Prosecutors described Randy Lee Roden as someone with a violent history who grew frustrated watching after his girlfriend’s toddler daughter and her two sons.
The state is accusing Roden of murdering 2-year-old Evangelina Wing and abusing her brothers in the Seaside apartment he shared with their mother, Dorothy Ann Wing.
Roden’s defense lawyers, however, say the focus on Roden is a rush to judgment. The defense claims the toddler was killed by the abusive actions of her mother combined with a dangerous flesh-eating virus found on the girl.
Opening arguments began Tuesday, Oct. 4, in Clatsop County Circuit Court in the death penalty trial of Roden. The crimes are considered among the worst child-abuse cases in the county.
Chief Deputy District Attorney Ron Brown gave a detailed description of the gruesome evidence. The three children were tortured, burned, bitten and caged in the apartment. All three children were the victims of child abuse. The older brother, now 7, is one of the most traumatized children his pediatric doctor has seen. The boy will not testify at trial due to the trauma, Brown said.
The younger brother, now 3, had a broken bone in his pelvic region and extensive bruising.
An autopsy found Evangelina Wing apparently died of battered child syndrome with blunt force trauma to her head.
Doctors and nurses will testify for the state about the extensive injuries to the three children.
“All of these injuries were not accidental,” Brown said.
Inside the apartment, blood spatter was found in almost every corner, including on holiday decorations and the wall behind a Christmas tree. Most of the blood spatter was found in the bathroom and was 3 feet or lower on the walls.
“There was way more blood in that bathroom than there ever should have been,” Brown said.
The state’s theory is that Dorothy Wing aided and abetted Roden by allowing him to live with her children and take care of them while she worked. She was responsible for Roden’s actions, the state claims, but was not the one who murdered the toddler.
Wing, 26, pleaded guilty in January to first-degree manslaughter and two counts of first-degree criminal mistreatment. She was sentenced to more than 15 years in prison, contingent on her truthfully testifying at Roden’s trial.
Roden, 28, is already serving an eight-year prison sentence for violating probation from a previous domestic violence conviction. He violated probation by possessing marijuana, oxycodone and methadone and failing to report that he moved in with Dorothy Wing.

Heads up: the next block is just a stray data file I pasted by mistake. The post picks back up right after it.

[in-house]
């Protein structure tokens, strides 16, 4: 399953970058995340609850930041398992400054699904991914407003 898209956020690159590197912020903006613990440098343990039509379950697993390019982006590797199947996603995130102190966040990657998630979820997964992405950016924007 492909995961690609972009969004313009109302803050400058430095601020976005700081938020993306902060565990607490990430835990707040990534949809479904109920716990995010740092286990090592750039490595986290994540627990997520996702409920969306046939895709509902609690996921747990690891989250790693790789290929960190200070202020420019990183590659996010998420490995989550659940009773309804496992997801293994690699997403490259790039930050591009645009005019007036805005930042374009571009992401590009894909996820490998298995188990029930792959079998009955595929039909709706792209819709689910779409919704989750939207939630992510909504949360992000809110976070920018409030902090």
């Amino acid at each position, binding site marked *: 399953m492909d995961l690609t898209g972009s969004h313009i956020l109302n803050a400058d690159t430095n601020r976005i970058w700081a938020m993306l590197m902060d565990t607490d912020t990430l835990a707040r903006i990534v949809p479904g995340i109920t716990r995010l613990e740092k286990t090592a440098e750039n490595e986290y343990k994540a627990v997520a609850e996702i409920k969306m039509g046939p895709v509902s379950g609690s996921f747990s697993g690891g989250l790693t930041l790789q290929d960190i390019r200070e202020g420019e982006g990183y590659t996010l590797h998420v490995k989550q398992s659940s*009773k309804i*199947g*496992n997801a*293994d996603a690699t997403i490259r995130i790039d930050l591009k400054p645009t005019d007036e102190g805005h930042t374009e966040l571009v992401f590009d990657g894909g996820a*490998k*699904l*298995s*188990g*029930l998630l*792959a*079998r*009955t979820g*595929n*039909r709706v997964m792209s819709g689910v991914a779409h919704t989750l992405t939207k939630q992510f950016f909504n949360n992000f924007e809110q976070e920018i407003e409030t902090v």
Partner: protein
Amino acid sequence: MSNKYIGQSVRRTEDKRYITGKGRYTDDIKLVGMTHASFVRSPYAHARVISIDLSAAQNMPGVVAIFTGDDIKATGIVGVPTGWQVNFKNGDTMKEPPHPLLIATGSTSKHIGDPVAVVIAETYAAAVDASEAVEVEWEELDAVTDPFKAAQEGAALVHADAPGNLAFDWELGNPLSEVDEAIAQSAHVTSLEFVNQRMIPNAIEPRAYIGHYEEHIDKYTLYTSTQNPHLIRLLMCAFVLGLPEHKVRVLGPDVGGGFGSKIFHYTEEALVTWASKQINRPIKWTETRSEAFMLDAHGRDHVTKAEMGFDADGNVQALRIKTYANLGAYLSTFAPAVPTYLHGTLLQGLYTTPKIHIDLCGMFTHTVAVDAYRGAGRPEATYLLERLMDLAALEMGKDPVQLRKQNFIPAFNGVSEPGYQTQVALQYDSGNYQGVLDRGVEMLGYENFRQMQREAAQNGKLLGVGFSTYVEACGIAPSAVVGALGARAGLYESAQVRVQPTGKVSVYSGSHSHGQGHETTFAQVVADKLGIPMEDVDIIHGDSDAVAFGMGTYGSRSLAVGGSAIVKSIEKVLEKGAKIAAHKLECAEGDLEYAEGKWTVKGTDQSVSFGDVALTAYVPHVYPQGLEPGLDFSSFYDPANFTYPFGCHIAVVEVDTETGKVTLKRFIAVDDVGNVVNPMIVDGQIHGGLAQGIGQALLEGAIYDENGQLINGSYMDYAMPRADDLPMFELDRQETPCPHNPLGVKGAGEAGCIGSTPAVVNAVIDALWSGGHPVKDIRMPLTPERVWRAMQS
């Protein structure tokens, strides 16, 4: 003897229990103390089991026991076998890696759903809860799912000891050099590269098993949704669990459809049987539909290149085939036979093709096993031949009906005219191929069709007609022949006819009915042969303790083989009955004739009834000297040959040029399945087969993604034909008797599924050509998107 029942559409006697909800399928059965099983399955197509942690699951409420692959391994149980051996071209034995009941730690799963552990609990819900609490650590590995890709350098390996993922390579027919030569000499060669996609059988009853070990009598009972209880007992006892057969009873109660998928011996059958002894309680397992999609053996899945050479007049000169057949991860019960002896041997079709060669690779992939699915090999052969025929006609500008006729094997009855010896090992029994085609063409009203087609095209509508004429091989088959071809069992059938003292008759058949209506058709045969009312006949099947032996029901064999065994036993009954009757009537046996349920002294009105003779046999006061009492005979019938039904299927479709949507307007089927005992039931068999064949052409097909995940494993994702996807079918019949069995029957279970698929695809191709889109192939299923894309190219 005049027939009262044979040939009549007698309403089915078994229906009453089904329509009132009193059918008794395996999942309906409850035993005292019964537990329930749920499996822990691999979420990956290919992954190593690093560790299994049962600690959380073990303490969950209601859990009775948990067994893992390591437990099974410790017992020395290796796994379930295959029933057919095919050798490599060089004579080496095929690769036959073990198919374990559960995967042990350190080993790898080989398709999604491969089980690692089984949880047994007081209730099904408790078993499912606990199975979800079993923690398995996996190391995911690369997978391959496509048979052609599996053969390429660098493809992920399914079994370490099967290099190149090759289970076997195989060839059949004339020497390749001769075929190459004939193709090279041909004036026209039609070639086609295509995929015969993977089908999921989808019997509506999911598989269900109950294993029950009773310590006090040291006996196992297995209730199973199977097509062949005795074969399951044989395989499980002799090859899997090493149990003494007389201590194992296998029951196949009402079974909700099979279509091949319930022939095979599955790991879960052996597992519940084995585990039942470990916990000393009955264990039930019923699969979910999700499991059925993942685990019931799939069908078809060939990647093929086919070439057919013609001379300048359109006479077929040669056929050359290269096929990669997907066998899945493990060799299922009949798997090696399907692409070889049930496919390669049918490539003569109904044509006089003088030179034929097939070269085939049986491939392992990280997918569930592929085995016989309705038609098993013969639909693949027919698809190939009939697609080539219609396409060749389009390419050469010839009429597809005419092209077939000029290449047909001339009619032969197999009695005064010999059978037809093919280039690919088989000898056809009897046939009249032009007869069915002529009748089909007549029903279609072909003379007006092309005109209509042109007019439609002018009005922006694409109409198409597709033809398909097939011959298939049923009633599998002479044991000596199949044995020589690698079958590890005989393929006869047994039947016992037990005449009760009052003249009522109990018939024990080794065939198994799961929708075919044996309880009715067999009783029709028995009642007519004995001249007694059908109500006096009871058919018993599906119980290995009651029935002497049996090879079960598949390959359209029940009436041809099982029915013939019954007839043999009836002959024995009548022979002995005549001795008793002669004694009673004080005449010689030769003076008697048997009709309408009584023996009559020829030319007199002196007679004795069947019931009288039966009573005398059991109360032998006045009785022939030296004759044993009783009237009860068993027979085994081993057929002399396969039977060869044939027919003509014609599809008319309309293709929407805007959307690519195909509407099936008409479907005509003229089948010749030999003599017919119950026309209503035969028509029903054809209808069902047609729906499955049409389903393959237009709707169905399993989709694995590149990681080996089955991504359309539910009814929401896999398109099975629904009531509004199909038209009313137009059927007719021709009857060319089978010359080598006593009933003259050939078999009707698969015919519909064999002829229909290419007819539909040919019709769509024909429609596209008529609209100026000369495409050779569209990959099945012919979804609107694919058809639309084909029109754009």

Roden’s defense lawyer Conor Huseby used his opening argument to pin the crimes on Dorothy Wing and complications from the flesh-eating virus known as methicillin-resistant Staphylococcus aureus infection.
“The truth is there are two culprits in this case,” Huseby said.
On the night Evangelina Wing was found dead, the defense believes the girl was likely sick and fussing from her mother’s abuse and the infection. Huseby envisions Dorothy Wing getting upset and smacking her daughter like she had done many times before, but that time it killed her.
“She killed her daughter and she is getting away with it,” Huseby said.
Neighbors, friends and babysitters will testify about seeing and hearing Wing be abusive to her children before Roden came into their lives. Huseby said the witnesses will describe Wing smacking her children in the head and twisting their arms, similar to some of the injuries found on the children.
The same witnesses never saw Roden do anything abusive to the children. Huseby said even Wing admitted Roden was good with her children.
Huseby also questioned the way the case was investigated. He claims law enforcement targeted Roden from the beginning, and treated Wing like a victim.
In each police interview, Roden never admitted to any crime.
“I did not hurt her. I did not manhandle her. I did not do anything to her,” Roden told police.
Huseby also pointed to an interview with the older brother, where he calls Roden nice and Wing mad. When asked who killed his sister, the brother says, “that evil witch.”
“All the major injuries in this case are explained by Dorothy Wing,” Huseby said.
The trial is expected to last about two months.